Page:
FLOW: Let's elaborate.  What do you mean by "design with confidence?"  
BOB: "Confidence" is a very subjective word, but to me it means that the CFD consistently discerns design improvements from design mistakes.  CFD that when used correctly, serves as a system of truth for exploring new design spaces.  Confidence also means CFD that's ready for use out of the box, without having to invest years of effort to mature and adapt a generic code to specific needs.  Given my background, I believed I could capture and reflect the learnings I'd accumulated over the years in applying CFD to compressor and turbine design challenges.   
 
FLOW: What are the "modern turbomachinery design challenges" you allude to?  
BOB: Whether it be a jet engine, a turbocharger or industrial compressor, it's pretty clear that the path to higher performance and efficiency is to reduce size and operate at higher temperatures.  This requires designer insight into the adverse time-varying flow phenomena impacting performance and durability--in other words, time accurate analysis.  I therefore set my sights on delivering a solver that was designed from the ground up for unsteady analysis, and fast enough to be applied inside tight commercial design windows.   
 
FLOW: How are you making your CFD more accessible to turbomachinery designers?  
BOB: I'm a big believer that turbomachinery aero designers deserve best-in-class, turbomachinery-specific CFD.  We aim to make turbomachinery CFD more accessible by distilling it down to its absolute essence: CFD that has been amply matured in compressor and turbo design, CFD that reduces a myriad of simulation options to the ones that really count, CFD that speaks the language of turbomachinery, and CFD that automates workflows so that designers can focus on design, not on debugging meshes or writing custom scripts.
  
FLOW: Are there any common pitfalls for companies seeking to take better advantage of CFD for turbomachinery aero?
BOB: The biggest pitfall has less to do with the CFD itself, but rather the analysis methodology by which it is used.  No amount of talent or CFD horsepower can overcome a faulty analysis process.  This problem is becoming more prevalent as CFD expands its reach downmarket to organizations less experienced in its proper application.  Often, the best way for these companies gain their footing is to draw on mentorship from outside experts or CFD vendors like us.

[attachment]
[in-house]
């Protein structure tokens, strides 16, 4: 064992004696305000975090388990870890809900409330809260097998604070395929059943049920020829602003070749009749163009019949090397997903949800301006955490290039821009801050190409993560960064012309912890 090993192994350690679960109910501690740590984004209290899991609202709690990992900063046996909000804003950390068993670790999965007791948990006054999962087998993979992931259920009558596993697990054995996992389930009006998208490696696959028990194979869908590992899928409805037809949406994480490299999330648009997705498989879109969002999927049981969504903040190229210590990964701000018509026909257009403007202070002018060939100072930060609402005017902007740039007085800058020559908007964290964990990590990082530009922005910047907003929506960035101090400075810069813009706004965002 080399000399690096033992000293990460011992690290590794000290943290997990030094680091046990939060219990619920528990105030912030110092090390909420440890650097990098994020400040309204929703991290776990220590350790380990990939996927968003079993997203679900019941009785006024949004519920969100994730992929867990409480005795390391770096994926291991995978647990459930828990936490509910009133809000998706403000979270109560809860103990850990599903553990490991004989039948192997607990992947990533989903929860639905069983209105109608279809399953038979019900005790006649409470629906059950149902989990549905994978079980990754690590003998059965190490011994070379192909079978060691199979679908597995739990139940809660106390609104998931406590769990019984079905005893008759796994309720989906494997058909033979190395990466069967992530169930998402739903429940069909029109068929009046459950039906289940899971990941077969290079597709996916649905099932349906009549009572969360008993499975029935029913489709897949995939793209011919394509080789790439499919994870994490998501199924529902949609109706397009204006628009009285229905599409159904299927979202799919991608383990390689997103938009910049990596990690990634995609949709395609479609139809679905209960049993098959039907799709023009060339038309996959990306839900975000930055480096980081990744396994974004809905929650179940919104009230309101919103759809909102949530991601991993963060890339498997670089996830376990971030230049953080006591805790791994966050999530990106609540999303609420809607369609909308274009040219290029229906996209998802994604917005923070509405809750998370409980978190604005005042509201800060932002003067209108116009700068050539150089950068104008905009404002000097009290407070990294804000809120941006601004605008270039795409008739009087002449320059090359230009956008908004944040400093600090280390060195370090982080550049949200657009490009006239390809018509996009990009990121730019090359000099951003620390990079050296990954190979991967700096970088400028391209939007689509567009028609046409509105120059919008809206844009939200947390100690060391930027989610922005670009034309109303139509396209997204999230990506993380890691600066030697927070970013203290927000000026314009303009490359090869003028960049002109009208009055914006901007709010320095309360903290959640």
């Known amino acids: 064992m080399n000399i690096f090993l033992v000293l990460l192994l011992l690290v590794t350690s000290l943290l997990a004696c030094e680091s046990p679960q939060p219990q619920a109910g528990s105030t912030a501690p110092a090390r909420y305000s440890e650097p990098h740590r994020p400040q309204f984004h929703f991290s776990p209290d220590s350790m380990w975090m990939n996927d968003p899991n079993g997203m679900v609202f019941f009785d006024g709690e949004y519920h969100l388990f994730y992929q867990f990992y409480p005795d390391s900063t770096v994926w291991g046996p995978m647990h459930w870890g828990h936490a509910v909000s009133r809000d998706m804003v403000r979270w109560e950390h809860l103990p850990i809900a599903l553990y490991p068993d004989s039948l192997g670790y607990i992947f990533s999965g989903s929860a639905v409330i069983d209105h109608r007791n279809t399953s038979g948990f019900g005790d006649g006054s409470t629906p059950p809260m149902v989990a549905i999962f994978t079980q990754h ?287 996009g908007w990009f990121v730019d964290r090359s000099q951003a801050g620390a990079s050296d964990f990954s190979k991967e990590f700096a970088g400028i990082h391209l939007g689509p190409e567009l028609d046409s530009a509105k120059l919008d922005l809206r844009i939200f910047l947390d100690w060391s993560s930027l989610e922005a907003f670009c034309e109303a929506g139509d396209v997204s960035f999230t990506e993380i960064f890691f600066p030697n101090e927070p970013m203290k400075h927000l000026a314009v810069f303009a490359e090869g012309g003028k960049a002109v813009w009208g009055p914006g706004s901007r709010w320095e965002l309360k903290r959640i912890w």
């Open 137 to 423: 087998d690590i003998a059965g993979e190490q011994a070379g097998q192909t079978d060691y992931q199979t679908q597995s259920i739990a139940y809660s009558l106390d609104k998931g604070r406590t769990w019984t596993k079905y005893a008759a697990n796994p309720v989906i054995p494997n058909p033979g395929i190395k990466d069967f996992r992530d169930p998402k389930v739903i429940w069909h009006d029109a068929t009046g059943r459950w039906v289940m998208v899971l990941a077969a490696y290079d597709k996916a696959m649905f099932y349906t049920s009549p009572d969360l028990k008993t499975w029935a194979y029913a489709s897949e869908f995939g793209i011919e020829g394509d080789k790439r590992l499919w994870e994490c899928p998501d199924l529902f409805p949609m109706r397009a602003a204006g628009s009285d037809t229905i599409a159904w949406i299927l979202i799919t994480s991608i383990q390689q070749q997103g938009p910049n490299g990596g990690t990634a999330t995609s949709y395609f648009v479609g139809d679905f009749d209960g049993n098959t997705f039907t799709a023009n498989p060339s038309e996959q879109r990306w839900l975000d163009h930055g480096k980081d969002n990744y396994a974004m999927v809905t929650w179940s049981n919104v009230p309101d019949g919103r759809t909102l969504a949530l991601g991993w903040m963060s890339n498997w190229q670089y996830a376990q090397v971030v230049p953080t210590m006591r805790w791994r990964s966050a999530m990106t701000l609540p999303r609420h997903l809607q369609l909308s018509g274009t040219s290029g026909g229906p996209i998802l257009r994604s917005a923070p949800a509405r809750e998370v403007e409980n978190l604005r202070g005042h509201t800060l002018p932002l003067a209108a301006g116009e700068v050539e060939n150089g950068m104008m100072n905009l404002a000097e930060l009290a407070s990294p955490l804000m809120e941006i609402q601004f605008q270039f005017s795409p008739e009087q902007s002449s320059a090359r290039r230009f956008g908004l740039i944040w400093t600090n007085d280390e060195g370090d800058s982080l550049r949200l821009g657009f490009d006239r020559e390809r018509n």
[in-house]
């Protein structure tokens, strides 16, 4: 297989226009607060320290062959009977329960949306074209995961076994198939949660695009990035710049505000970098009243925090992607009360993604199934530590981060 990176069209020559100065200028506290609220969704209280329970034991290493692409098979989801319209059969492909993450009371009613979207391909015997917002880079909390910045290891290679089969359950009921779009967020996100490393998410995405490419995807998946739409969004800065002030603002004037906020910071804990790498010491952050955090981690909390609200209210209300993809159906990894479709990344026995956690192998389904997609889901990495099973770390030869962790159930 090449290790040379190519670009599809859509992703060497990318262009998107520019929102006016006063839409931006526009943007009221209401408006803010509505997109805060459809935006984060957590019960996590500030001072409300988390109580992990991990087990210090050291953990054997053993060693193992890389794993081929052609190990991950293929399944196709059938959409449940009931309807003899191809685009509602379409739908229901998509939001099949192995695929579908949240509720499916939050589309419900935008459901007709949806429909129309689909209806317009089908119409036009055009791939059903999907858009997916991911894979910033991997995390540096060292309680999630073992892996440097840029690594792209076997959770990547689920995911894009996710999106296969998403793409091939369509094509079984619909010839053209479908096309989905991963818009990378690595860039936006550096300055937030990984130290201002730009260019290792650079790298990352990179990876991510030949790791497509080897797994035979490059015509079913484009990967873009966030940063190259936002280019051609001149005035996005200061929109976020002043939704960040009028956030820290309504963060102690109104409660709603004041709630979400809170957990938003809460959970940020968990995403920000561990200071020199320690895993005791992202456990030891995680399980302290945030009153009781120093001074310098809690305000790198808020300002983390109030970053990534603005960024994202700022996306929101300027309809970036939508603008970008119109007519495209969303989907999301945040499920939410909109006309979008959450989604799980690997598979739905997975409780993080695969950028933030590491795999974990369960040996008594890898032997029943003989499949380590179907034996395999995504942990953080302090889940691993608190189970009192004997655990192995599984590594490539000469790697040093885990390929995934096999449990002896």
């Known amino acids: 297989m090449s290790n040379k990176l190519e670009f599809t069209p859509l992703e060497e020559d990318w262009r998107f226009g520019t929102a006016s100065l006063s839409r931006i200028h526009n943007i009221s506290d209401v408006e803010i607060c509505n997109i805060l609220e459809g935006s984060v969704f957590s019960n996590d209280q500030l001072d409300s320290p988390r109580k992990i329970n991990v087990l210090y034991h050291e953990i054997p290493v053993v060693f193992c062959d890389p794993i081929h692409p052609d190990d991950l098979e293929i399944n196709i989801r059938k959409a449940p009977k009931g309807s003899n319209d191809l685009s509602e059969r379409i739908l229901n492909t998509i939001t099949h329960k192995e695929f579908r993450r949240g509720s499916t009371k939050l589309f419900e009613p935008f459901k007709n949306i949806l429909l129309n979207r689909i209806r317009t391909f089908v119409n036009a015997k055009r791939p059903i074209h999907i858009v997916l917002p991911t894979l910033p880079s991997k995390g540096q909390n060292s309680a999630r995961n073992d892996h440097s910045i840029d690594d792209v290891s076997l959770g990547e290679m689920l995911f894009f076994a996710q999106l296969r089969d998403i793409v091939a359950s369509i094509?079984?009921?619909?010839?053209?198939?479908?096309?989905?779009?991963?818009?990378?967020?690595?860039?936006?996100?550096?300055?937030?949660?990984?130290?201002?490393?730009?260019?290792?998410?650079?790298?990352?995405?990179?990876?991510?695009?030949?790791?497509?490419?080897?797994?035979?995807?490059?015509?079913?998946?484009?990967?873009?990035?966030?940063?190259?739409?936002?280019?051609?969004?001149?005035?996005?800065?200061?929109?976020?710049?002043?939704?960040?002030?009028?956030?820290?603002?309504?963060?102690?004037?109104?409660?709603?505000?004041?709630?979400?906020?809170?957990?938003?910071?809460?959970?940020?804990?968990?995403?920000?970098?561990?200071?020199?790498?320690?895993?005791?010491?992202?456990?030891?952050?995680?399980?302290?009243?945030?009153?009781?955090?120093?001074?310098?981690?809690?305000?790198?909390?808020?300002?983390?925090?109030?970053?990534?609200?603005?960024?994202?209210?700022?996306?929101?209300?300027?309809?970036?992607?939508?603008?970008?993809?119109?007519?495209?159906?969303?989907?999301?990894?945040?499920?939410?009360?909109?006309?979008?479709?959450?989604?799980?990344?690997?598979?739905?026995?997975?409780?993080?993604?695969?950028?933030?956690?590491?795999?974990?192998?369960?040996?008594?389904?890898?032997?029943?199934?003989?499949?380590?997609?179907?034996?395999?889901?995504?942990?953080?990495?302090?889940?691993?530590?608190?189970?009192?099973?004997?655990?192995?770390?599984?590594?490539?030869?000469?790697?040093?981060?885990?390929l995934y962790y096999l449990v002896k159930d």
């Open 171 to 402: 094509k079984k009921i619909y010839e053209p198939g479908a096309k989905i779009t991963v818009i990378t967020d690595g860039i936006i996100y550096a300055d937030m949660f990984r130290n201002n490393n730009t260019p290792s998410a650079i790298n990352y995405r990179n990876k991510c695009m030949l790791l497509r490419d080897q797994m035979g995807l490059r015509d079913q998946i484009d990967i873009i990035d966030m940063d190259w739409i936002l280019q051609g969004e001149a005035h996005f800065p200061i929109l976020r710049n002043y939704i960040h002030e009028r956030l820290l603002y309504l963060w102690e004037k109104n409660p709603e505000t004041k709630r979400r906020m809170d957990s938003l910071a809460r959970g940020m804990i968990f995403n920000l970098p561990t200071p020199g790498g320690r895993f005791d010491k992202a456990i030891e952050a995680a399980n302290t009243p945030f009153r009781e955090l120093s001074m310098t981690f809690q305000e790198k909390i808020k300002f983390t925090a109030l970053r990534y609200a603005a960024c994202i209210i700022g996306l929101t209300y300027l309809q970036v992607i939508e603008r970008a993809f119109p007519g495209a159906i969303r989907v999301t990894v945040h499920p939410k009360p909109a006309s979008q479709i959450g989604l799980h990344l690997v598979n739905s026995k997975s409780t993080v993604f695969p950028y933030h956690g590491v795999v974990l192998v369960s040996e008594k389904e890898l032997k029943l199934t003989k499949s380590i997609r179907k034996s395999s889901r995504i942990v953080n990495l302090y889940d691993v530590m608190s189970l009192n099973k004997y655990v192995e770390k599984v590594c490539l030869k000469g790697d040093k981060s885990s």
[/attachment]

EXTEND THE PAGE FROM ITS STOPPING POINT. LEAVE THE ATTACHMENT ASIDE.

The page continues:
FLOW: Thanks, Bob.
BOB: My pleasure.
 
  
CASE STUDY: Using the ADS Workbench to Analyze the Radiver Centrifugal Compressor  
Centrifugal compressors can be analyzed easily in the ADS Workbench.  In this case study, Michael Ni takes you through the process of setting up the Radiver single stage case in the workbench, generating a speedline and comparing the results to experimental data.   <more>
  
TECHTIPS: Evaluating Convergence and Conservation with the .STATION file  
The .STATION file produced by Code Leo during a simulation run contains information vital to evaluating the convergence and conservation of a solution.  This guide will teach the user how to read the data contained in the .STATION file as well as describe some of its potential uses.  <more>
 
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Hello Sir/Madam,

Welcome to The Flow, a newsletter for monthly insights on turbomachinery CFD published by AeroDynamic Solutions, Inc.

Each month we'll spotlight a topic of interest, discuss a case study and/or provide useful pointers about how to get the most out of the ADS CFD system.